Enthusiastically praised by everyone from Deepak Chopra to Bernie Siegel, Rachel Remen's unique perspective on healing is rooted in her background as a physician, a teacher of medicine, and a long-term survivor of chronic illness. In this collection of deeply moving, true stories, she reminds readers that the things that ultimately enrich life are ...
Enthusiastically praised by everyone from Deepak Chopra to Bernie Siegel, Rachel Remen's unique perspective on healing is rooted in her background as a physician, a teacher of medicine, and a long-term survivor of chronic illness. In this collection of deeply moving, true stories, she reminds readers that the things that ultimately enrich life are the things that cannot be measured.
The stories bring back memories of my own. They are very inspiring and inspirational.
Mar 24, 2011
The author has counseled many cancer patients and shares what she has learned over the years. The essays are interesting for healthy persons, too.
May 28, 2009
keep this one around
This is one of few books in my collection to which I refer repeatedly. I originally read it cover-to-cover, but now, years later, I dip into it periodically for guidance, encouragement, & comfort. I have given this book as a gift as well to friends who are going through a rough time.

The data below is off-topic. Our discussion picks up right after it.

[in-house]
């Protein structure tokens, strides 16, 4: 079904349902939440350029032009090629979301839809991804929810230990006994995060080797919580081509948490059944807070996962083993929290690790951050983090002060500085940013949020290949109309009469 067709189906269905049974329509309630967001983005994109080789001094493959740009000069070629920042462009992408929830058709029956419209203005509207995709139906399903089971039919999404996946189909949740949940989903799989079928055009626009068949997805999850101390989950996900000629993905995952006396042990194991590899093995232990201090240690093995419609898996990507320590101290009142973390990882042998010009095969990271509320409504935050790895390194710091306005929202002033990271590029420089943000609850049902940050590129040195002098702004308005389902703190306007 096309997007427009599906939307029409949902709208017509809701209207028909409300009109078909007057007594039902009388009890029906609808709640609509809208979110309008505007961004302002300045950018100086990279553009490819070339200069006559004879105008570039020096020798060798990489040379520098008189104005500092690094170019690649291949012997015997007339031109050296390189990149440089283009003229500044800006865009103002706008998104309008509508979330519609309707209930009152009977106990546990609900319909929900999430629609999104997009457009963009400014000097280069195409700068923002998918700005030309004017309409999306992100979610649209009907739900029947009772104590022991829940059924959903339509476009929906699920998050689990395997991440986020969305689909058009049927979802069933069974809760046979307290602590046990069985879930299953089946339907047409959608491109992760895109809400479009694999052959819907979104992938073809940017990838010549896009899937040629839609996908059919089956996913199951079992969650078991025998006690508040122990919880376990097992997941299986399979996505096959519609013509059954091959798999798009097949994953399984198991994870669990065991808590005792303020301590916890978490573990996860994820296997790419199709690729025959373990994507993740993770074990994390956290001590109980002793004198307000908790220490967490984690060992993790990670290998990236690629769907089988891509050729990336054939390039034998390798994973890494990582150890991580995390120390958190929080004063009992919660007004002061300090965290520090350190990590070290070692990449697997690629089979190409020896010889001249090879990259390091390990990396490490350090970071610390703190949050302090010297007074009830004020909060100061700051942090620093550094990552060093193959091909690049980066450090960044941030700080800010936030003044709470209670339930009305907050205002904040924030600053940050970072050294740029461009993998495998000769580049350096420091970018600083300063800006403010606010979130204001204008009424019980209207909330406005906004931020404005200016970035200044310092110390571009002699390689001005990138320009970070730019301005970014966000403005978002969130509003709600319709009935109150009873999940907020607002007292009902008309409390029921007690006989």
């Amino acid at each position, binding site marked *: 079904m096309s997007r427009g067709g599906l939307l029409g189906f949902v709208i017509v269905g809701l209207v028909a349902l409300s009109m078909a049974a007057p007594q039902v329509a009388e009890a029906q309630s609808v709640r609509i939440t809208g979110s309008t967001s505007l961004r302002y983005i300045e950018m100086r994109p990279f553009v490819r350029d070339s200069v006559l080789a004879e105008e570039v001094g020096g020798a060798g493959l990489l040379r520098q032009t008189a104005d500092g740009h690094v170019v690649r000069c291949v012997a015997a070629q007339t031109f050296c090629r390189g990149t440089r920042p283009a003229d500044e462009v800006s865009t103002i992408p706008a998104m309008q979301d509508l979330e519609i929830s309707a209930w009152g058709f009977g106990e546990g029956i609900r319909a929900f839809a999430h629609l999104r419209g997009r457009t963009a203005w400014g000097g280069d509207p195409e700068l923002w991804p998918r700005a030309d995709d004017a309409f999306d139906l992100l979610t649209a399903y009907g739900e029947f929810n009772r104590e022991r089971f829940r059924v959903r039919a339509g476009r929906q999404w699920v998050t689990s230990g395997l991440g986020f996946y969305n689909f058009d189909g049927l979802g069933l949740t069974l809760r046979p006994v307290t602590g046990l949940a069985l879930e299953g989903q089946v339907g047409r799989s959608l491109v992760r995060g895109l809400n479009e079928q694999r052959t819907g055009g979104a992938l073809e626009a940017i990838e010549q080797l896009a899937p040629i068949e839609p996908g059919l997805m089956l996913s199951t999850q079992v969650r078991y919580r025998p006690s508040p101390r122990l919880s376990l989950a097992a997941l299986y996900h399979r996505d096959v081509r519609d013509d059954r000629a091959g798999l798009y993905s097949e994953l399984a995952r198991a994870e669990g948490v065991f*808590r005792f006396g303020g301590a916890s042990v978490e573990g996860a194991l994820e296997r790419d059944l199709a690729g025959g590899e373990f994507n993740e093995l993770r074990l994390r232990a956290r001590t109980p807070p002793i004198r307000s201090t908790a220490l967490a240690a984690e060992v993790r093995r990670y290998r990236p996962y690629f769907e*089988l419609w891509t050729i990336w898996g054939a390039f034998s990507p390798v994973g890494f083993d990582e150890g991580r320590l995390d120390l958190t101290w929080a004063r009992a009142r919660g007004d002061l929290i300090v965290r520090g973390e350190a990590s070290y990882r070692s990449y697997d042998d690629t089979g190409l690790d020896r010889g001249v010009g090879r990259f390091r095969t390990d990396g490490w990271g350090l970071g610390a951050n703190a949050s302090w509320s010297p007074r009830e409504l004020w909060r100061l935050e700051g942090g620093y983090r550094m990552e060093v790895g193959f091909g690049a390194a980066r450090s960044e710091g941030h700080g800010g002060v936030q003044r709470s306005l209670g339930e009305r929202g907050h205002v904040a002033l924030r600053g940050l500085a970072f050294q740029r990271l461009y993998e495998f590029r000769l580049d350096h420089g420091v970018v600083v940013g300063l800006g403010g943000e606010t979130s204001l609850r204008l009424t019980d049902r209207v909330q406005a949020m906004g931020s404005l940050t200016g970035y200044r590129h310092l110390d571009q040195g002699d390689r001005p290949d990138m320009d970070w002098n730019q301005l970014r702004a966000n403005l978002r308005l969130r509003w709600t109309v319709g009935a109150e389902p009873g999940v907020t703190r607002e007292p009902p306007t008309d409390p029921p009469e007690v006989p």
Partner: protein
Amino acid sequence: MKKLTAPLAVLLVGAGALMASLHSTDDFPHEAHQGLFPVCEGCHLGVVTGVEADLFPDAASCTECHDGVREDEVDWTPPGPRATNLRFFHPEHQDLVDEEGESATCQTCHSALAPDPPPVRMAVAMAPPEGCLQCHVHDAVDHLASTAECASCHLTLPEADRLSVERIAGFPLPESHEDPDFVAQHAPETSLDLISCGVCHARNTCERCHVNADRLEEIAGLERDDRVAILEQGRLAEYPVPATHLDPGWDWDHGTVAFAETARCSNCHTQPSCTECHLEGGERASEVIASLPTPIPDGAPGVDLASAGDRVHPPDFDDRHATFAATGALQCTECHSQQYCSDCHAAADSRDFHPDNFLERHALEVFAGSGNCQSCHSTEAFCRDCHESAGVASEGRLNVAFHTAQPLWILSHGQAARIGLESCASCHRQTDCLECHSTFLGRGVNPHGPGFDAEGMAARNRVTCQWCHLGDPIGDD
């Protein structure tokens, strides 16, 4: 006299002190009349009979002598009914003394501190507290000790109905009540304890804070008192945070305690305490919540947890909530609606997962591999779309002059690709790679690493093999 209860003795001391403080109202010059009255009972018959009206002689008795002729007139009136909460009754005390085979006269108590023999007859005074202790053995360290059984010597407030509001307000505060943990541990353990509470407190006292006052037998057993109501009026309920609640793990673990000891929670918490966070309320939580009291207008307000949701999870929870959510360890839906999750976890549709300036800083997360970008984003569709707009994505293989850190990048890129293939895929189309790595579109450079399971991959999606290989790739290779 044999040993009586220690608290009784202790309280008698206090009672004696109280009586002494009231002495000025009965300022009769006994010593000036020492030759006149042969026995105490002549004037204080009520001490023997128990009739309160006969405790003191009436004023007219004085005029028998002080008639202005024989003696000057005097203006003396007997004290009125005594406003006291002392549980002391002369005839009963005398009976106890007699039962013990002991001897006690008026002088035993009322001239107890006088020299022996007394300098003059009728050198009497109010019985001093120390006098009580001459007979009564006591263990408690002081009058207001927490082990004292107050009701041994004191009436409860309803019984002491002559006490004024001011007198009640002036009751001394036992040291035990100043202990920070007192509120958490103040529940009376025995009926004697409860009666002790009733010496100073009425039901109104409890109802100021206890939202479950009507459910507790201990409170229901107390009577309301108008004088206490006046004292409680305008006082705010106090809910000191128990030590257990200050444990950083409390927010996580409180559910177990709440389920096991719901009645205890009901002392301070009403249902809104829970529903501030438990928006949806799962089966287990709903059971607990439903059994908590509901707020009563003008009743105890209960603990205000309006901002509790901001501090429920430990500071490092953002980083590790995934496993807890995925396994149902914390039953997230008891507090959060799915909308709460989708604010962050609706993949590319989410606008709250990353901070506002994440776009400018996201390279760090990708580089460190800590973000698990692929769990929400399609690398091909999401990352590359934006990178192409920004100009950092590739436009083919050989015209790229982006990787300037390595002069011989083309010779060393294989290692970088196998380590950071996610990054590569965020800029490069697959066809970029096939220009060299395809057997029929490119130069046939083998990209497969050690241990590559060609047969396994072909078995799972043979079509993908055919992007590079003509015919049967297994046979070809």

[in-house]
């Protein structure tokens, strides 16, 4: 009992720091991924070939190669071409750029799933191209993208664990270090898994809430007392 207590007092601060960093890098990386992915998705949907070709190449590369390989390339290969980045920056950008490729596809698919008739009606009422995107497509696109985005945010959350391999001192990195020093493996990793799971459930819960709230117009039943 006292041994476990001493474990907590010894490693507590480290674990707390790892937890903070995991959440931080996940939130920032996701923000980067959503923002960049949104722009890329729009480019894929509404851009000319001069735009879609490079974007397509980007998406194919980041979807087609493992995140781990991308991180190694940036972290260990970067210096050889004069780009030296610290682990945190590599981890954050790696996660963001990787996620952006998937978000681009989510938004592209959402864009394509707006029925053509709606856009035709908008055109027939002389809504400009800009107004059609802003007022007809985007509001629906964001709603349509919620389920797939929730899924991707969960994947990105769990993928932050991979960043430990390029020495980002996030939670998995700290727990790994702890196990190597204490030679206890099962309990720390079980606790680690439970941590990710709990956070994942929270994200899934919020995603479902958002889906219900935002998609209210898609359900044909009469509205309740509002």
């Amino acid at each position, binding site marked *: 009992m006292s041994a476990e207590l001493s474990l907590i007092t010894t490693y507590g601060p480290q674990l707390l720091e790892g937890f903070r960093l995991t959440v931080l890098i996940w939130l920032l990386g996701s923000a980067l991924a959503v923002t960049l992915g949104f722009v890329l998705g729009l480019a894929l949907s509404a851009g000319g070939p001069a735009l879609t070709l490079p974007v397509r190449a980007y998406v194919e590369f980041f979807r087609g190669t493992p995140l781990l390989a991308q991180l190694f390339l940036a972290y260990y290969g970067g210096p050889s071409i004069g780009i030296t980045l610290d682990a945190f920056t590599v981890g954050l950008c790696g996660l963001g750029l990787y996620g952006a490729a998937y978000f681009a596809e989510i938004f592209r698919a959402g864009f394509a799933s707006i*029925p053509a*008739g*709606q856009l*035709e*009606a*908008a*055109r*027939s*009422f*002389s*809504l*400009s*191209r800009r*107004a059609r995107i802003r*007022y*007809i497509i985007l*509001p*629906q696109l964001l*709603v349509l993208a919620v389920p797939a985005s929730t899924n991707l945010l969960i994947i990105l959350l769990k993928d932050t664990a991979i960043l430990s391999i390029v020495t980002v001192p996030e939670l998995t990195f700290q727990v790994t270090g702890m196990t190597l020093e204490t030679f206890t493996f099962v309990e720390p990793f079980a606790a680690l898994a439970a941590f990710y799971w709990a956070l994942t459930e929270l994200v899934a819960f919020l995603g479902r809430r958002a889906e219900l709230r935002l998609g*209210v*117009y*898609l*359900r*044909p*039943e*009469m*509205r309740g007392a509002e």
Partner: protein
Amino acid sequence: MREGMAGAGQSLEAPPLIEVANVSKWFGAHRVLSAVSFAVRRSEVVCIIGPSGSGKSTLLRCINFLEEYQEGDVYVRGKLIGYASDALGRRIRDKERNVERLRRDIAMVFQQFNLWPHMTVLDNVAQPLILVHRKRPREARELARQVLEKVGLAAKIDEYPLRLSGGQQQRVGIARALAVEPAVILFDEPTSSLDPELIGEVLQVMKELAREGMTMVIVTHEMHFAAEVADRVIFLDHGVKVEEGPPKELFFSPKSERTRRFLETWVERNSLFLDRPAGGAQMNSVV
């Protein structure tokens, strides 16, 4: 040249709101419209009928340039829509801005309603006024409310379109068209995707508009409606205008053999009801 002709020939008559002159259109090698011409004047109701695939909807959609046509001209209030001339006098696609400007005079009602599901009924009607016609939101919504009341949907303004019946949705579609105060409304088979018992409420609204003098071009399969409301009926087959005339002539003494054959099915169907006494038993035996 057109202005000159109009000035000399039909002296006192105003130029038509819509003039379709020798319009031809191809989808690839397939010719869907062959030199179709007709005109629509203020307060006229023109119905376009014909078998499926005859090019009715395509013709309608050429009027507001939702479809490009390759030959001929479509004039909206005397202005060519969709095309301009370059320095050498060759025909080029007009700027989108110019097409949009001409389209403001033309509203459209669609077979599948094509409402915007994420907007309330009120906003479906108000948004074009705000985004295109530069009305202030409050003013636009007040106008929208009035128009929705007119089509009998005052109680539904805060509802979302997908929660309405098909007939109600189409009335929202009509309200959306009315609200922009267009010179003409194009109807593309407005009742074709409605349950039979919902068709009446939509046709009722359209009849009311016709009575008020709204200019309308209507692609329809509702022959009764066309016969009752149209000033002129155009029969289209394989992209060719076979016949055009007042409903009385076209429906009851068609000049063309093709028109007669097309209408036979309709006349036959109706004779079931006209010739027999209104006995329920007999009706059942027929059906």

Publishers Weekly, 1996-06-24 Remen is one of a growing number of physicians exploring the spiritual dimension of the healing arts. "Coherent, elegant, mysterious, aesthetic," she writes. "When I first earned my degree in medicine I would not have described life in this way. But I was not on intimate terms with life then." Now Remen is awed by the vitality of the life force, which she witnesses through her work counseling cancer patients and their doctors at Commonweal, a cancer-help center in California, and through her keen eye for the depths of ordinary people. Remen tells of those who, having fallen ill, discovered previously untapped wells of fortitude and who, ironically, gained a peace of mind they had never known when well. She often turns common wisdom on its head. Discussing the meaning of suffering, she cites one woman who mourned the loss of her chest pains after corrective surgery. These pains had come whenever she had compromised her integrity; now her "inner advisor" was gone. Some of the most poignant stories here are of doctors whose professional code rejects overt displays of emotion. Both patients and doctors can come to care profoundly for one another, Remen believes. A heartfelt call for change as well as a display of compassionate and courageous thinking, this meditation will speak especially to those whose lives have been touched by illness. BOMC and One Spirit alternate selections; first serial rights to Family Circle and New Age Journal. (Aug.)
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